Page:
The Liver Runs Through It: New Scientific Evidence of the Central Role Obesity Plays in the Development of Type-2 Diabetes

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Research that tightened the focus on a PTP protein that attaches to liver cells hints at new treatments for obesity-induced diabetes.

The Liver Runs Through It: New Scientific Evidence of the Central Role Obesity Plays in the Development of Type-2 Diabetes

The fact that a research result is unsurprising in no way makes it unimportant. The liver’s prominent place in the physiological chain of events associated with the acquisition of type-2 diabetes is well-known and –documented.

Put simply, the liver both stores (from the food we eat) and produces glucose and, absent available sugar, ketones. What is also well known is that diseases and malfunctions of the liver can cause type-2 diabetes—and type-2 diabetes can cause diseases and maladies of the liver. Of late there has been much attention called to the phenomenon of fatty-liver disease, its causes, and ways to prevent and treat it.

Motivated by their concerns about the “epidemic” of obesity worldwide, scientists at Switzerland’s University of Geneva claim to have made a significant step further into understanding the place of the liver—and obesity—in the diabetes equation. In a report published in November, the deciphered the ways the protein PTPR-γ, which obesity appears to promote, inhibits insulin receptors on the surface of liver cells.

The Research

The scientists sought a clearer, more precise understanding of the mechanism by which the inflammation brought on by obesity triggers a transcription factor (NF-kβ) that seems to play a central role in the development of diabetes. Roberto Coppari, a professor at the University of Geneva’s Faculty of Medicine Diabetes Centre and a co-author of the study, focused on Protein Tyrosine Phosphatase Receptor Gamma, or PTPR-γ.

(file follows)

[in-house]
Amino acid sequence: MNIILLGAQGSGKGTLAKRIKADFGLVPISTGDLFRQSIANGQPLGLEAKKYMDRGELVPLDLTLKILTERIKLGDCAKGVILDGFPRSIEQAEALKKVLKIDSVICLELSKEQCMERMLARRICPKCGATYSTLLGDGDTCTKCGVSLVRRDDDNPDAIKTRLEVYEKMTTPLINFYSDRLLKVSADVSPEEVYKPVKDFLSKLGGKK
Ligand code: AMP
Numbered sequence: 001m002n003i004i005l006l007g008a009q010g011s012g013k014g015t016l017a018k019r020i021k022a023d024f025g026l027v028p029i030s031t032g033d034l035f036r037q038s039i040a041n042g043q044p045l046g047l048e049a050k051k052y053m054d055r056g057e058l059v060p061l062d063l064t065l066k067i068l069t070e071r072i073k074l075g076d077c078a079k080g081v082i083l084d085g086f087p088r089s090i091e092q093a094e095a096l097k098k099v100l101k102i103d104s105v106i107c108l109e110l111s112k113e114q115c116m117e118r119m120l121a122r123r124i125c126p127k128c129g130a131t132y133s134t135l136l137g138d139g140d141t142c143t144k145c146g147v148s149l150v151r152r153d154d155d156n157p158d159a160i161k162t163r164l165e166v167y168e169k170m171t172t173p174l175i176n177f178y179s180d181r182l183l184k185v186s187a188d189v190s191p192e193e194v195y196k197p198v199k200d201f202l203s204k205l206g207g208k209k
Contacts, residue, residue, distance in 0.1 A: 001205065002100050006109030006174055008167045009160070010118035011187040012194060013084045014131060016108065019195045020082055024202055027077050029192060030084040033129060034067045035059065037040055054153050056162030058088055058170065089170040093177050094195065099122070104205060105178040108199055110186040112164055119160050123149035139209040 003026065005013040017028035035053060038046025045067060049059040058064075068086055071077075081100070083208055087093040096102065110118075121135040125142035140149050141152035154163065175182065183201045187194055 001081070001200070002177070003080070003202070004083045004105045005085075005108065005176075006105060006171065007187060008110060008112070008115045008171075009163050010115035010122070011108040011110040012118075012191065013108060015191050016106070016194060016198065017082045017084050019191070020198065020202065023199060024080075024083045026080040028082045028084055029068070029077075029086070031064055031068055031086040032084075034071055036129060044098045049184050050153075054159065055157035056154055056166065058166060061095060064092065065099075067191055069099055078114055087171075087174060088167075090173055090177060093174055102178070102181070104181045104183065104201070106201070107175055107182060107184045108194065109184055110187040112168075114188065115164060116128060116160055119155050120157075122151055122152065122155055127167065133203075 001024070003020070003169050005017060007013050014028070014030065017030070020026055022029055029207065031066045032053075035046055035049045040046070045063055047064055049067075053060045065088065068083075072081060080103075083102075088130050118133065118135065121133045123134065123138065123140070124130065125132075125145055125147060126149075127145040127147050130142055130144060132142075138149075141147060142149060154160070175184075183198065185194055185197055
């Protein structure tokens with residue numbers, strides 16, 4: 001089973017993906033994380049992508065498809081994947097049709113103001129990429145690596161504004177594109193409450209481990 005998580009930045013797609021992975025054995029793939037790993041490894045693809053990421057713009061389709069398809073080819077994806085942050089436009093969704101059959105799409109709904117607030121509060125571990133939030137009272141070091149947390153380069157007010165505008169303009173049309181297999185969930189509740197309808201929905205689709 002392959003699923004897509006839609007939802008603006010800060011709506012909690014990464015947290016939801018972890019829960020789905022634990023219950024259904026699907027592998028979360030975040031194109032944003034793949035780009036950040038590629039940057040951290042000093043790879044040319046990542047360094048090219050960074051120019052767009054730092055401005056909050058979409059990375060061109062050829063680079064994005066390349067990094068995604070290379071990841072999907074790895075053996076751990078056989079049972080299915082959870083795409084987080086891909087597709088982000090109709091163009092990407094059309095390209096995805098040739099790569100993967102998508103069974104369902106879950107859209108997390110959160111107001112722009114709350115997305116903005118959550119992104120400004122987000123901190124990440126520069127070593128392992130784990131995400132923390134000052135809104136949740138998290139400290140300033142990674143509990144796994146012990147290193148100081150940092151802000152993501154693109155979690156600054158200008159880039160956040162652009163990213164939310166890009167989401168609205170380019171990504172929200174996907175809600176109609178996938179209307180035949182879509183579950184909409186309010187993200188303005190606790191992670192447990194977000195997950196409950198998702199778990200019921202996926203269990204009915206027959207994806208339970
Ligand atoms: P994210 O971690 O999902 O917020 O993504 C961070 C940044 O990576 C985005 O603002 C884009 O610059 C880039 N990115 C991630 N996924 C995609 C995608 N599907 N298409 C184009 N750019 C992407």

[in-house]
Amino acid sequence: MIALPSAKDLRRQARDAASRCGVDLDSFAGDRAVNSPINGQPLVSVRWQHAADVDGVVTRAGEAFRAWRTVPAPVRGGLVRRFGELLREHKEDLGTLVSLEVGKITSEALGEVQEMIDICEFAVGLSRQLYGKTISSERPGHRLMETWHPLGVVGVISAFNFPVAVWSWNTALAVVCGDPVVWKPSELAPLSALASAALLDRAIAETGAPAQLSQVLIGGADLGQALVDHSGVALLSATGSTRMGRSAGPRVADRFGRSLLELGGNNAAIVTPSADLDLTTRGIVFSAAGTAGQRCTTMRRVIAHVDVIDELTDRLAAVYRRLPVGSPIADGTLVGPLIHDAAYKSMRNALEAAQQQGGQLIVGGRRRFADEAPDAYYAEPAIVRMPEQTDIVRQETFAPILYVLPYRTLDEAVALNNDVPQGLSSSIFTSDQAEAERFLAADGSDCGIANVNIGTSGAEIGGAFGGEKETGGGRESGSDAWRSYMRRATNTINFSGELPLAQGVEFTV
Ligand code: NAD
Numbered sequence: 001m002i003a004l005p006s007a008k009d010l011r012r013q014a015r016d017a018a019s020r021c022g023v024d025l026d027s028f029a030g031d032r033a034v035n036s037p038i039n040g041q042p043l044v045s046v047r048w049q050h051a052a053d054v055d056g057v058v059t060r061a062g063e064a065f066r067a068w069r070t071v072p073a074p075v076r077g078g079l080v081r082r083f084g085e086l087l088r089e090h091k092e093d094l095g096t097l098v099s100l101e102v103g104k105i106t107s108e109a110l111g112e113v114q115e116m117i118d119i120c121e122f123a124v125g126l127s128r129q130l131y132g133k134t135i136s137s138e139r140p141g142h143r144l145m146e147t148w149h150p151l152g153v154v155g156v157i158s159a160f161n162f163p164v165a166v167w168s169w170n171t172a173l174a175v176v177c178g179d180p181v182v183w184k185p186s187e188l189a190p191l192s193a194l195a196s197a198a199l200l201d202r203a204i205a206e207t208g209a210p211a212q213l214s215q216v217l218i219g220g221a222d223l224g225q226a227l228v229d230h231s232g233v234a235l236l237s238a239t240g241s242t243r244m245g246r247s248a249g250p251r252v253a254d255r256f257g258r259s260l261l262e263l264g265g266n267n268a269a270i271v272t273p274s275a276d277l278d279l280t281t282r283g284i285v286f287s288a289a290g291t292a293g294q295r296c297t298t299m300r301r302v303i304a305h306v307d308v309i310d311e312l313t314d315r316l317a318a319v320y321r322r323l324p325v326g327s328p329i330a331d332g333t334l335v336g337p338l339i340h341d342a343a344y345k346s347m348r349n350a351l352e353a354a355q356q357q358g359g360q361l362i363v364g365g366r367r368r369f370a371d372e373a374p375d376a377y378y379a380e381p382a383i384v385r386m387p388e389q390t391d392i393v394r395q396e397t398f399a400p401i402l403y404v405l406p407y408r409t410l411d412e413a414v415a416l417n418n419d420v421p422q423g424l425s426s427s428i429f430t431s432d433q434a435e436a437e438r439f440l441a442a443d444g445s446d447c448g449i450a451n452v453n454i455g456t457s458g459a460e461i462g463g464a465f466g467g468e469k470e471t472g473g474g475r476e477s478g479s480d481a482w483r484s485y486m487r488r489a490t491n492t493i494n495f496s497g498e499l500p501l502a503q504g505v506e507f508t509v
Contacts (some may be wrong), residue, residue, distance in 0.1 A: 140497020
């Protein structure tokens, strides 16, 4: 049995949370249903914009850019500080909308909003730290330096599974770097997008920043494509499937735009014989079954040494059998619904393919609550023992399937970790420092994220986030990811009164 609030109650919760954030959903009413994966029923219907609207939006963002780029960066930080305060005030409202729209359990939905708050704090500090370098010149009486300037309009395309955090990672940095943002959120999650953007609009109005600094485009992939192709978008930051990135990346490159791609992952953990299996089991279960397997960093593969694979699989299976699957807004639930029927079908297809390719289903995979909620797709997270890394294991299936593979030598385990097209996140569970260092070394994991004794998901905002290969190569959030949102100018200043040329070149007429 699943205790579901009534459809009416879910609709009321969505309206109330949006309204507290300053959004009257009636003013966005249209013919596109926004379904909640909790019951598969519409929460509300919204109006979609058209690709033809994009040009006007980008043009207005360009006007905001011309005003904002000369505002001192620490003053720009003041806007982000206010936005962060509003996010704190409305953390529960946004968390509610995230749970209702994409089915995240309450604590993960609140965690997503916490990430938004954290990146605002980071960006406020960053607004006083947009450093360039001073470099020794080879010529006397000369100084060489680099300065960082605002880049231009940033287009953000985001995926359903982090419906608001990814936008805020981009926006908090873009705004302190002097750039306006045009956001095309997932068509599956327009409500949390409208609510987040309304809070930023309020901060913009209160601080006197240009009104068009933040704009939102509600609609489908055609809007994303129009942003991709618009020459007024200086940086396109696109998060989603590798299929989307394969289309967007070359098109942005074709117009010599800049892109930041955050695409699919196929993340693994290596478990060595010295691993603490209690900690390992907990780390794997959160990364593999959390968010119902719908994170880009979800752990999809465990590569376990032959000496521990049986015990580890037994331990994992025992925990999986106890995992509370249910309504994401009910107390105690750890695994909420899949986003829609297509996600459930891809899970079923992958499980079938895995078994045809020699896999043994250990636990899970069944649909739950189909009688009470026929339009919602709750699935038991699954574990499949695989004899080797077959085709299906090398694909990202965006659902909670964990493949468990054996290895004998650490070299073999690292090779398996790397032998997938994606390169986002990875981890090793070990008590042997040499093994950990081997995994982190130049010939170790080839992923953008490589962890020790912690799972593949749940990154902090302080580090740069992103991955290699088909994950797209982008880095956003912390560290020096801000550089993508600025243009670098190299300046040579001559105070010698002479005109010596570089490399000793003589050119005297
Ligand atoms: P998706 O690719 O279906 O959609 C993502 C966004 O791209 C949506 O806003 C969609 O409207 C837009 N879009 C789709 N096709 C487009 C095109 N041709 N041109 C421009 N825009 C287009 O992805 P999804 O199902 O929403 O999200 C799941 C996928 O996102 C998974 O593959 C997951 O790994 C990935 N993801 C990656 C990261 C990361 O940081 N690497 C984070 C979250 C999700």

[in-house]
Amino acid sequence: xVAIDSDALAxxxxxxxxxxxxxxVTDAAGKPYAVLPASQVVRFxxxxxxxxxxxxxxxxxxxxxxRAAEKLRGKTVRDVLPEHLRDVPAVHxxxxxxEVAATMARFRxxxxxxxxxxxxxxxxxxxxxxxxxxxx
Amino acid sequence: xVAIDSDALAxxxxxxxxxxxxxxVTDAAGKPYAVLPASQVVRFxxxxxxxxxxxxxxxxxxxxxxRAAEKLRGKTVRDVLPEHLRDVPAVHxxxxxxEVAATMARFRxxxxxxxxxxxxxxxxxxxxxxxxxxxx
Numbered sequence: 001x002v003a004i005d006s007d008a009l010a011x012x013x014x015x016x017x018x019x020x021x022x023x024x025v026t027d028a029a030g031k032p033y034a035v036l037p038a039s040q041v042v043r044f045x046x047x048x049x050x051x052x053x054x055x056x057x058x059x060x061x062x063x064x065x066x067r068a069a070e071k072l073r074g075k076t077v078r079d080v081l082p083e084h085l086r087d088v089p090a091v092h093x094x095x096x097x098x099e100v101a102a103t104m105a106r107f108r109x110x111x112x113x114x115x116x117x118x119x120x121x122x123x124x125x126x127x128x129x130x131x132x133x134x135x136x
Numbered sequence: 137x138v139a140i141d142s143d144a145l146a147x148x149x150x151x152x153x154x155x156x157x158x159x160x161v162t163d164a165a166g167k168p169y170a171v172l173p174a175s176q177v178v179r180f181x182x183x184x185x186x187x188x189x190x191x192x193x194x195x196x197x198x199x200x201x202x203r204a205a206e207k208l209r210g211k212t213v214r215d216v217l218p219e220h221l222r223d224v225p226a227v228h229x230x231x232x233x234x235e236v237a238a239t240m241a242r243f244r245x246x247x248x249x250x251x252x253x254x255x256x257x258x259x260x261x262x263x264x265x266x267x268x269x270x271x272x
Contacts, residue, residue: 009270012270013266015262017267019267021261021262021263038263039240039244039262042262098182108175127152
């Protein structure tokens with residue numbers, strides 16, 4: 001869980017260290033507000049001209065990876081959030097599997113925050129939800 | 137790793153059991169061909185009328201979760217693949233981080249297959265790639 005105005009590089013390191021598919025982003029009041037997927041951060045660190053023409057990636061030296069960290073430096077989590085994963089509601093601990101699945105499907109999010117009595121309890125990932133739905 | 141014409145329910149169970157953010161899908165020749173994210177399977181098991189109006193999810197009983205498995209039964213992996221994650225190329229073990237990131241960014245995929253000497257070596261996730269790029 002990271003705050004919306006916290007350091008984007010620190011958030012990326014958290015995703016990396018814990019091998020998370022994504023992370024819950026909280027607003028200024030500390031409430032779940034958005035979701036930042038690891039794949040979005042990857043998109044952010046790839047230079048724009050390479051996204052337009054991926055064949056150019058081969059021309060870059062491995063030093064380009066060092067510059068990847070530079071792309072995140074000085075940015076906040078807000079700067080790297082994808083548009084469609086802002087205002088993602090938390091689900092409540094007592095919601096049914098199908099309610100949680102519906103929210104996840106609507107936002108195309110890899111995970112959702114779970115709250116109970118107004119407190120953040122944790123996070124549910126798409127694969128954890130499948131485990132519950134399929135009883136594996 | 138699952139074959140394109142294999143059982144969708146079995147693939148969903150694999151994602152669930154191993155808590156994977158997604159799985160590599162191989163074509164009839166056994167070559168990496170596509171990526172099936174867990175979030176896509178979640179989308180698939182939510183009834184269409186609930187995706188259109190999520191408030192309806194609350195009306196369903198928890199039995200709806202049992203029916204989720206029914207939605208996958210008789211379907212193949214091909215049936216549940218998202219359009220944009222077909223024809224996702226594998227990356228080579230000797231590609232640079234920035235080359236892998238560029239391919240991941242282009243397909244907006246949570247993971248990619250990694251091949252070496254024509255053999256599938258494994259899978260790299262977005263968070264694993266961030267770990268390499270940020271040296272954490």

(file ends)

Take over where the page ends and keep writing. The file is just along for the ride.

Preliminary human studies indicated that the content of that protein increases with liver inflammation, “an effect that could directly affect insulin receptors by inhibiting insulin action”, in Coppari’s words. The researchers tested their hypothesis by modifying the expression of the protein in mice—by suppressing and over-expressing, as well as well as normally expressing it.

Initially, there did not appear to be a difference in resulting insulin resistance. Then they tightened their focus on the normally expressed protein, but only in liver cells (hepatocytes). In the summary in the online ScienceMag, “The mice were again prone to insulin resistance, indicating the pivotal role of the liver.” 

Earlier studies of PTP proteins as the bases for potential diabetes therapies had proved unproductive. The protein studied and measured in Geneva proved different in important ways.

In ScienceMag’s summary (verbatim): “Contrary to some of its family members that are intracellular, the protein identified in Geneva is located on the cell membrane. It is therefore of much easier access for therapeutic molecules.

“Interestingly, the very form of this protein allows for potential inhibition strategies: when two independent PTPR-γ molecules are brought together by a ligand, they cannot act any more. The researchers are now working on identifying the endogenous ligand produced by the body, or on developing molecules that could mimic its function.”

Additional details of the research and its results are presented in more technical language in the study published in Nature Communications. A knowledgeable (and determined) lay reader can follow it.

The implications for diabetes treatments

In their own summary, the researchers wrote that they “propose hepatic PTPR-γ as a link between obesity-induced inflammation and insulin resistance and as potential target for treatment of T2DM….

“Here we show that PTPR-γ is a negative regulator of hepatic insulin signaling in both physiological and obesity/inflammation contexts. Importantly, our results suggest a model in which PTPR-γ links hepatic inflammation with insulin resistance and glucose imbalance associated with obesity.”

Perhaps it warrants noting that the Geneva research was carried out to address the “epidemic” of obesity worldwide, and suggested that its findings could lead to advances in treatment of resulting type-2 diabetes.

What went unsaid by the researchers is the greater desirability of preventing or reversing obesity. To that end, the treatment remains the same: appropriate diet and regular exercise. 


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